When it comes to TV, I think I’m happiest when I’m watching a show that can give me an immersive, fantastical world that still says something about the human condition. Anything that involves both monster killing AND applicability to real life, I’ll have some of that. Dollhouse, flawed though it was, was just such a show. Actually I’ve always thought someone should ask Joss Whedon what he thinks about Westworld. Dollhouse seems like a trial run for that kind of story, and I’d argue it’s a lot more creatively successful.
The show posits a world in which people (called Dolls) can be rewritten and turned into someone else entirely, then rented out to wealthy clients. A technologically advanced, intensely realistic prostitution ring, essentially. You can see the problem. The scope is too big for a two hour movie. It’s a premise that’s lends itself to something episodic, as the Dolls can be plugged into a brand new adventure every week. But if you watch the first few episodes, you can’t see how you could ever become invested in the show long term. The sympathetic characters, the Dolls, are going to have entirely different personalities every week. The characters actually capable of growing and changing, their handlers, are amoral creeps who are willfully pimping out humans into sexual slavery (among other things). It’s an interesting premise, but if this is anything, it’s a miniseries.
Which in the end, I guess it was. The low ratings saw to that. Luckily, the writing staff had time to prepare for the end, and compressed the long term arc into barely over two dozen episodes. This is a complete story, albeit one that moves at a blistering pace. The Dolls start to regain their old personalities, their handlers start to doubt what they’re doing, and the scope of the show extends far beyond people getting new personalities and going out on sexy new adventures every week. As the show went on and the story accelerated, the conspiracies got steadily more elaborate and the plot twists became even more shocking.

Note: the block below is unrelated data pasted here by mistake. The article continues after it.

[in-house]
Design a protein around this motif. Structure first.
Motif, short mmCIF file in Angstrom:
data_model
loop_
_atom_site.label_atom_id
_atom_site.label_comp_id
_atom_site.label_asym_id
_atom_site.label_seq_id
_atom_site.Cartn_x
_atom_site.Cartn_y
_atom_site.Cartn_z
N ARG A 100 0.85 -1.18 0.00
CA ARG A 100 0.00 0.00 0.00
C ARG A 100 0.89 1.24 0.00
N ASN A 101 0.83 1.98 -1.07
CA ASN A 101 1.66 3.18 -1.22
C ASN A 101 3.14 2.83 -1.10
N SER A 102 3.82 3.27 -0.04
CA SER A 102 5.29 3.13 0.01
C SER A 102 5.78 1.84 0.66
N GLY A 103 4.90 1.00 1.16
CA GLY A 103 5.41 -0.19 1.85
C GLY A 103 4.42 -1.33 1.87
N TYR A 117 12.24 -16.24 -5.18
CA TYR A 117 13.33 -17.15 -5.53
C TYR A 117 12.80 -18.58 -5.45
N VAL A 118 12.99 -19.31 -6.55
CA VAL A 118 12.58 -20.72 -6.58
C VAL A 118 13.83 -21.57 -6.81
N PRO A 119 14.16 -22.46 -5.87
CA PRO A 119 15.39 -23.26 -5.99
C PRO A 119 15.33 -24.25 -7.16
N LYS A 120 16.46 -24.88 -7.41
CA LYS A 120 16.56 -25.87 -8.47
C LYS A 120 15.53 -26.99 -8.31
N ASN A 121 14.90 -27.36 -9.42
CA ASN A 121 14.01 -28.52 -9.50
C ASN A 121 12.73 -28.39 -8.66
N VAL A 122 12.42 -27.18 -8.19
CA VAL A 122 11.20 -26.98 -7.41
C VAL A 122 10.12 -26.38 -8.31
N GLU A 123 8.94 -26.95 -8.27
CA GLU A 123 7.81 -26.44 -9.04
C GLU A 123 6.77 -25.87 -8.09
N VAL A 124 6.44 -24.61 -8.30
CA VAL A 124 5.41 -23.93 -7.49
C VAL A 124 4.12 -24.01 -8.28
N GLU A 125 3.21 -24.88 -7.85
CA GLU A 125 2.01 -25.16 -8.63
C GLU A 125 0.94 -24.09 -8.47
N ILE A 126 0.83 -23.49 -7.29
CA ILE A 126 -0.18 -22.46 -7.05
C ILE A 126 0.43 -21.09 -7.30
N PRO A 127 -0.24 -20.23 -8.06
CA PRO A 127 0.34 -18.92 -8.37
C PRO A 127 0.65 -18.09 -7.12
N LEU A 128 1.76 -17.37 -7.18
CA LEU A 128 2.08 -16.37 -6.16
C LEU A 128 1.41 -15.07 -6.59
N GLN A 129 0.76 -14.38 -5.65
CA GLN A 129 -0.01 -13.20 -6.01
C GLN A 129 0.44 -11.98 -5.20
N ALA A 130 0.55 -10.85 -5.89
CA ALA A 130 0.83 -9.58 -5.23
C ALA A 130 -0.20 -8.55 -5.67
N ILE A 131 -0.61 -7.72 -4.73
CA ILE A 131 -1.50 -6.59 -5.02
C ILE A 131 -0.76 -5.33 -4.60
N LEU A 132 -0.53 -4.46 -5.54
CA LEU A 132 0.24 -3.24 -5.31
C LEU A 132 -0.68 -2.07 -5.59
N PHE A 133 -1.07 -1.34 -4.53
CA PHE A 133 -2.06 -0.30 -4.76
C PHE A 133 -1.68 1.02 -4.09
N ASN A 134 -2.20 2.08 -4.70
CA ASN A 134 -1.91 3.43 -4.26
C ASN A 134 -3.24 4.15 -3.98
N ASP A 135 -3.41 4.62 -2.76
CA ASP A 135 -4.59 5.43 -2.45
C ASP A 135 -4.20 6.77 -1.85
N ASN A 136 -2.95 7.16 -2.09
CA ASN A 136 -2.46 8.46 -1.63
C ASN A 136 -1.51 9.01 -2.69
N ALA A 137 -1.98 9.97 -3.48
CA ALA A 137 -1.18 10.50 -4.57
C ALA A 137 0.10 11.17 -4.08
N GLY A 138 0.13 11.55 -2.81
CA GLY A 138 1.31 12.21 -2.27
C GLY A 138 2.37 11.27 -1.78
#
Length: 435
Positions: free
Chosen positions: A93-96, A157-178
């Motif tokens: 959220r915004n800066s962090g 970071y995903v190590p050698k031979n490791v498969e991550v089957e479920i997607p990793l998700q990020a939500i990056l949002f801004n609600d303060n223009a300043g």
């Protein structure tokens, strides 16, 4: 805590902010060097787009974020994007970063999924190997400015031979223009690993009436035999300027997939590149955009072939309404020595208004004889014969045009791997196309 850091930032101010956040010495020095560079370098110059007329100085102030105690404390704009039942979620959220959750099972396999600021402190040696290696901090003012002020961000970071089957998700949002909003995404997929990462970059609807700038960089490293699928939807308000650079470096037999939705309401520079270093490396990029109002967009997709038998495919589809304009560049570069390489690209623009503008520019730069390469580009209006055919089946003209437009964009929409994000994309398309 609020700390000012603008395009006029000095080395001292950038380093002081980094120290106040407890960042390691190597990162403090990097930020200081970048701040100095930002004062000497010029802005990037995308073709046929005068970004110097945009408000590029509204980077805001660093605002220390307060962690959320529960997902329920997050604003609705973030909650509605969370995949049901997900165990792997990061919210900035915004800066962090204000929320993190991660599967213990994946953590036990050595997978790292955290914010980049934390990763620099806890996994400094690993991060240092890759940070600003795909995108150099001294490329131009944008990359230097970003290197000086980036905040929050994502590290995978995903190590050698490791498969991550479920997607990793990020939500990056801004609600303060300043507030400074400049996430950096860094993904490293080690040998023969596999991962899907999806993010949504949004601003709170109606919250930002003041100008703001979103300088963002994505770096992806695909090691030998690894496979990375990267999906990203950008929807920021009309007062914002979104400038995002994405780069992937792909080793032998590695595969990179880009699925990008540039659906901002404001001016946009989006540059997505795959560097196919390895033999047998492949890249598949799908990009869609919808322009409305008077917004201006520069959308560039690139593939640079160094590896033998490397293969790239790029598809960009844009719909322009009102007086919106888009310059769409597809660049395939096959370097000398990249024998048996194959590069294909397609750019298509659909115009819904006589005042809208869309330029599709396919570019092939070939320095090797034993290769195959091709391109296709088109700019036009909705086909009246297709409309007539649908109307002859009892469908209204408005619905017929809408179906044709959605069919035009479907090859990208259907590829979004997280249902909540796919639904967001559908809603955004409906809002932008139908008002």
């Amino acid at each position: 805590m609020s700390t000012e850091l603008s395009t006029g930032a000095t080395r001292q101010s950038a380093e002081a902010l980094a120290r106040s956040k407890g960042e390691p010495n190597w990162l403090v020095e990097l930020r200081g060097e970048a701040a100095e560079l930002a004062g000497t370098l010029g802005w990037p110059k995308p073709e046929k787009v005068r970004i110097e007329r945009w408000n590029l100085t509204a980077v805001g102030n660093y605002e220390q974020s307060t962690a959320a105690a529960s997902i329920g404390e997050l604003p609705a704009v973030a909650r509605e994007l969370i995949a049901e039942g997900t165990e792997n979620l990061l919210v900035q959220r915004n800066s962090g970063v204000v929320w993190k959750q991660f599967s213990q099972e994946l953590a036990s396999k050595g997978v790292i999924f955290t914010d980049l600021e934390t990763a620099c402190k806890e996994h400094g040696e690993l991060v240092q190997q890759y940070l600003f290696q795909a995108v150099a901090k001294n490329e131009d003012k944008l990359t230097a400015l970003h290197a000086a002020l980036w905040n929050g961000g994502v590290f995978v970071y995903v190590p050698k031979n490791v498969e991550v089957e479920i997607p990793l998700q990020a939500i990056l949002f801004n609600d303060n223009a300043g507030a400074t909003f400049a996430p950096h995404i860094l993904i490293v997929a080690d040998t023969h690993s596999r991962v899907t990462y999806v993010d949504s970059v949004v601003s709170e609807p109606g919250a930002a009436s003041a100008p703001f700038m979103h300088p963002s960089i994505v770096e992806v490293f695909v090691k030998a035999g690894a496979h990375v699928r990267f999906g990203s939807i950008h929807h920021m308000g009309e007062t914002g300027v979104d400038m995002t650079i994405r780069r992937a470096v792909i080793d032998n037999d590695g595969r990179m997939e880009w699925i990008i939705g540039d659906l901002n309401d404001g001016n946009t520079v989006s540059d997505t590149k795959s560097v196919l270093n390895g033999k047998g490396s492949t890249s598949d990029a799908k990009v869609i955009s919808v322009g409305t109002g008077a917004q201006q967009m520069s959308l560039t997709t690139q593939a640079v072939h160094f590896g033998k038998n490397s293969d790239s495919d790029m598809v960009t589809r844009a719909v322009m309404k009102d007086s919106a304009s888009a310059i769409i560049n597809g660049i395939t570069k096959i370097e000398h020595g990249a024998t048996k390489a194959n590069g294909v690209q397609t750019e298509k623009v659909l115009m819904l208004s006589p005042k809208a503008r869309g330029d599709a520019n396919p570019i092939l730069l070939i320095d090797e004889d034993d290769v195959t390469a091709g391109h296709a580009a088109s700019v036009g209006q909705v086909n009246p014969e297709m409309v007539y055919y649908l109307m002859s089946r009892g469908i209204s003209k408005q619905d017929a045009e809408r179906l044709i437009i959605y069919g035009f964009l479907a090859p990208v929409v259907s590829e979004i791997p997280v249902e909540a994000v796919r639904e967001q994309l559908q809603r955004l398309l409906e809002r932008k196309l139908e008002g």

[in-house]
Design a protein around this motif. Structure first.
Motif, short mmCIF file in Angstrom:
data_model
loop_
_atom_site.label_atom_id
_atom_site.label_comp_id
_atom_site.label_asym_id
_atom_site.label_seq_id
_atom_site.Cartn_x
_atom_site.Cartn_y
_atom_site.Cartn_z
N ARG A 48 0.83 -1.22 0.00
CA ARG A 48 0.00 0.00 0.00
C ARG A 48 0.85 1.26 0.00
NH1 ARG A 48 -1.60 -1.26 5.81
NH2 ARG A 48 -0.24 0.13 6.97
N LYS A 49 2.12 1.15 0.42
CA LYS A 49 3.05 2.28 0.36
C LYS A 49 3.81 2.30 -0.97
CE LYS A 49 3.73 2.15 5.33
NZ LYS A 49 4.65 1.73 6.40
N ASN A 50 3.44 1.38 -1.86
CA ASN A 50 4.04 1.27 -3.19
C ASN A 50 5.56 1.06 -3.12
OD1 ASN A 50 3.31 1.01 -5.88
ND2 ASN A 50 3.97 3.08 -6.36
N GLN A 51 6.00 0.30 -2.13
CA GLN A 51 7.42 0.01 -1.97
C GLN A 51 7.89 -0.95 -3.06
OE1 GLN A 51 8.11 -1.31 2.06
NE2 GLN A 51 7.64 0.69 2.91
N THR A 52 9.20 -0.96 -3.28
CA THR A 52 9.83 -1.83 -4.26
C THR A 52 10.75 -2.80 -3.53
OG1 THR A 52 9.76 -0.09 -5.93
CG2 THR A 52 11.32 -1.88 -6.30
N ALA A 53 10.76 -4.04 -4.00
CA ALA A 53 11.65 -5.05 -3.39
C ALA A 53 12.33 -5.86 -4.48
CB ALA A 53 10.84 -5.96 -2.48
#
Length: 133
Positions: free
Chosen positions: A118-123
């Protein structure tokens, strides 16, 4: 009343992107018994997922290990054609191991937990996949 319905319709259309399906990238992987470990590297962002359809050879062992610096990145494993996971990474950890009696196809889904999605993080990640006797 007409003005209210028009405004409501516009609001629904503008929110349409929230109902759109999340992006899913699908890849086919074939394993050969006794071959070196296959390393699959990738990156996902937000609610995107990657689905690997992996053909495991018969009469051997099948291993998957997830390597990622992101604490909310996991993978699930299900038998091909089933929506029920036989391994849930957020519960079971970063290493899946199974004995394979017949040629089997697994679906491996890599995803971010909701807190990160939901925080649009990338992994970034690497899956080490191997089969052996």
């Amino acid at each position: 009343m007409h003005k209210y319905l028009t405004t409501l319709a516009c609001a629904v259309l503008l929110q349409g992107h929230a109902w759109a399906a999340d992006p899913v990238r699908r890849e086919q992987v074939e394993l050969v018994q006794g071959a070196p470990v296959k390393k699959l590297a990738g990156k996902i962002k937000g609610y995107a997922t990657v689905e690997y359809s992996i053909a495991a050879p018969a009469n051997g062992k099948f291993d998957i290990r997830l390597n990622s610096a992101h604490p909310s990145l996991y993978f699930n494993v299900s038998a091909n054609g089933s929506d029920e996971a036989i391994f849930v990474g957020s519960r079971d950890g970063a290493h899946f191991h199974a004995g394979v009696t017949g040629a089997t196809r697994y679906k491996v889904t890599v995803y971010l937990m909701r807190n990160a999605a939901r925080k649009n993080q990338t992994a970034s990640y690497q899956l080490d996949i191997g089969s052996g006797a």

Apparently Whedon and company had set out to examine themes about sex and desire. But Dollhouse became far more interested in questions about your sense of self. If your mind can be overwritten with someone else’s personality, are you still you at your core? Will you still be you even if your original personality is restored? Is there more to you than just your brain? Even more disturbing, the mind altering technology becomes more widespread and accessible, and characters start to discover some troubling applications for it. For such a short series, it managed to thoroughly examine how technology can advance beyond human’s abilities to handle it.
I’ve kind of been talking about Dollhouse as a whole. By early Season 2, the show totally sheds its mission-of-the-week format and becomes about, of all things, an effort to thwart a global zombie apocalypse. Meanwhile, Eliza Dushku stops being the centre of the show. I’m sorry to say this, but I don’t think she had the range to play a new character every week. Dollhouse becomes more of an ensemble and gives more screentime over to an extraordinarily talented supporting cast.
The second season throws a dizzying amount at you. More twists, more action, more deaths, more unexpected betrayals. But it’s really well done, there’s a wonderful sense of growing dread, and the thematic spine of the season is strong enough to hold it altogether. Dollhouse Season 2 is a crazy roller coaster of a season that just barely manages to stay on the tracks, and it’s definitely worth experiencing.
If I Had to Nitpick…: Episodes #2 and #3 are pretty well just standalones in the style of the first season. Now, I do kind of like just how compressed the story is later on. But considering they were clearly aiming to wrap up the series from the outset, I’m not sure why they didn’t take advantage of every bit of time that they had.
Notable Episodes: “The Attic” is a trip. “Getting Closer” covers more ground than entire seasons of some shows, and it’s kind of awesome.